From Eham Forum… Post by: WF0H on February 23, 2003… I am not sure when this started, but it was well established in the early 1950’s, which were probably the heyday of the 807 tube. I once had a Johnson-Viking mobile rig from the late 1940’s that had an 807 final in it – a wonderful CW and AM rig, too. In the 1930s, the popular tube was the Model 45. By the late 1950’s, the tube of choice was the 6146, so it probably stared someplace in between those two eras.
The first electronic computer named the ENIAC — Electronic Numerical Integrator and Computer and unvailed in 1946, for more information and pictures … Click Here
Internet Radio Linking Project… The IRLP uses Voice-Over-IP (VoIP) custom software and hardware. Coupled with the power of the Internet, IRLP will link your repeater site or simplex station to the world in a simple and cost effective way… http://www.irlp.net/
Johnson Viking Valiant
Below are 2 pictures of Dean – W8IM’s station
Bands: 160 – 10 Meters
Input Power: 200W-AM, 275W-CW
Power Supply: Internal
Final Tube(s): 3ea. 6146 parallel
Modulator: 2ea. 6146 push-pull
New Price/Year: $349.50 kit/$439.50 wired/1956-62
Size: 11.5″h x 21.0″w x 16.25″d
Approx. Weight: 73 lbs
The 955 Acorn
The type 955 triode “acorn tube” is a small triode thermionic valve (vacuum tube in USA) designed primarily to operate at high frequency. Although data books specify an upper limit of 400–600 MHz, some circuits may obtain gain up to about 900 MHz…… More at Wikipedia
5 September 19 – Trivia Question
The Acorn Valve
An acorn tube, or acorn valve, refers to any member of a family of VHF/UHF vacuum tubes starting just before World War II. They were named after their resemblance to the acorn, specifically due to the glass cap at one end of the tube that looked similar to the cap on an acorn. The acorn tubes found widespread use in radios and radar systems….. More at Wikipedia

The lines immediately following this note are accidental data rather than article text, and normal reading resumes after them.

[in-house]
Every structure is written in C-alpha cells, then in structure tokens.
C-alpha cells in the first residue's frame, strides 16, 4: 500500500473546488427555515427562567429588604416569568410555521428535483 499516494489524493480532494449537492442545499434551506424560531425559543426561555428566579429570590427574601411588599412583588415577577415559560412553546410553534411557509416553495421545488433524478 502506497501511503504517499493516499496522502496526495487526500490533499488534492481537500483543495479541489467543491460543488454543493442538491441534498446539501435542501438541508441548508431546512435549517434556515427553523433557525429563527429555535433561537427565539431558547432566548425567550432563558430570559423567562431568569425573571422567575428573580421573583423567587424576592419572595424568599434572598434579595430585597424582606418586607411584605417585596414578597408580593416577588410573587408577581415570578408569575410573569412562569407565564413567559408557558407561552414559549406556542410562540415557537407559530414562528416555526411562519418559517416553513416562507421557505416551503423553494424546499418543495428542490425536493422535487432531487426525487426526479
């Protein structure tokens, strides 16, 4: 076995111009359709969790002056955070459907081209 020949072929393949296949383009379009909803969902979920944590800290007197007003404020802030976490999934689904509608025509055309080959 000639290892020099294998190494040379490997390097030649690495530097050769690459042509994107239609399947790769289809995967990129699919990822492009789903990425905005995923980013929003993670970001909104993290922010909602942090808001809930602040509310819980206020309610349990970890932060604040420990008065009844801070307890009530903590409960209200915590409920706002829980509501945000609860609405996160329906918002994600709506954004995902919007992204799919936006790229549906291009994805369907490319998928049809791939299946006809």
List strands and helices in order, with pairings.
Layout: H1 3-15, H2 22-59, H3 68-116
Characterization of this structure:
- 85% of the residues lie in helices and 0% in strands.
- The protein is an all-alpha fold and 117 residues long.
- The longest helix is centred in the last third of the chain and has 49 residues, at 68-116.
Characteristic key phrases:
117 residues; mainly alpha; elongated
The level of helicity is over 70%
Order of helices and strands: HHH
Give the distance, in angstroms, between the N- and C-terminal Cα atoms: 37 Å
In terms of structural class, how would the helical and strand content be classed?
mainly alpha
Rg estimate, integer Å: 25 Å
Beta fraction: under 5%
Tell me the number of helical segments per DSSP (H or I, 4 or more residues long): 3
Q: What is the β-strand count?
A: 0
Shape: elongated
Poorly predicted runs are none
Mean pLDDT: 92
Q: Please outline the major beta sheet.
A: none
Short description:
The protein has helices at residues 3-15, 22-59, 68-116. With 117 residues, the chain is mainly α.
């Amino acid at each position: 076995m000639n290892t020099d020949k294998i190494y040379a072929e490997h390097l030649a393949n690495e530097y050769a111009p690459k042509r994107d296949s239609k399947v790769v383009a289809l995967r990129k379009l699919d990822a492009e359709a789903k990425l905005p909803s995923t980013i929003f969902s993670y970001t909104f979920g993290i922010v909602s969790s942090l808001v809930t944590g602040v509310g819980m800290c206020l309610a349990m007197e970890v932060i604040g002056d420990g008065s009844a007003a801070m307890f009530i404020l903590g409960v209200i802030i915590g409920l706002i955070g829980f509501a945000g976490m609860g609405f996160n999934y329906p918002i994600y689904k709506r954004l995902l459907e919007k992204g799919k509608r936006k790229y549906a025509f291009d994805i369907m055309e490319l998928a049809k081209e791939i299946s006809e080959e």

From the NIST Website
NIST radio station WWVB is located on the same site as NIST HF radio station WWV near Fort Collins, Colorado. The WWVB broadcasts are used by millions of people throughout North America to synchronize consumer electronic products like wall clocks, clock radios and wristwatches. In addition, WWVB may be used in other consumer timekeeping applications, such as appliances, cameras, and irrigation controllers, as well as in high level applications such as accurate time synchronization.
For more See the NIST website
The Cray-1 was a supercomputer designed, manufactured and marketed by Cray Research. Announced in 1975, the first Cray-1 system was installed at Los Alamos National Laboratory in 1976. Eventually, over 100 Cray-1’s were sold, making it one of the most successful supercomputers in history. It is perhaps best known for its unique shape, a relatively small C-shaped cabinet with a ring of benches around the outside covering the power supplies.
More at Wikipedia
Rockwell Collins was a multinational corporation company headquartered in Cedar Rapids, Iowa providing avionics and information technology systems and services to government agencies and aircraft manufacturers. The company was acquired by United Technologies Corporation on November 27, 2018, and now operates as part of Collins Aerospace.
More at Wikipedia
The Considerate Operators Frequency Guide: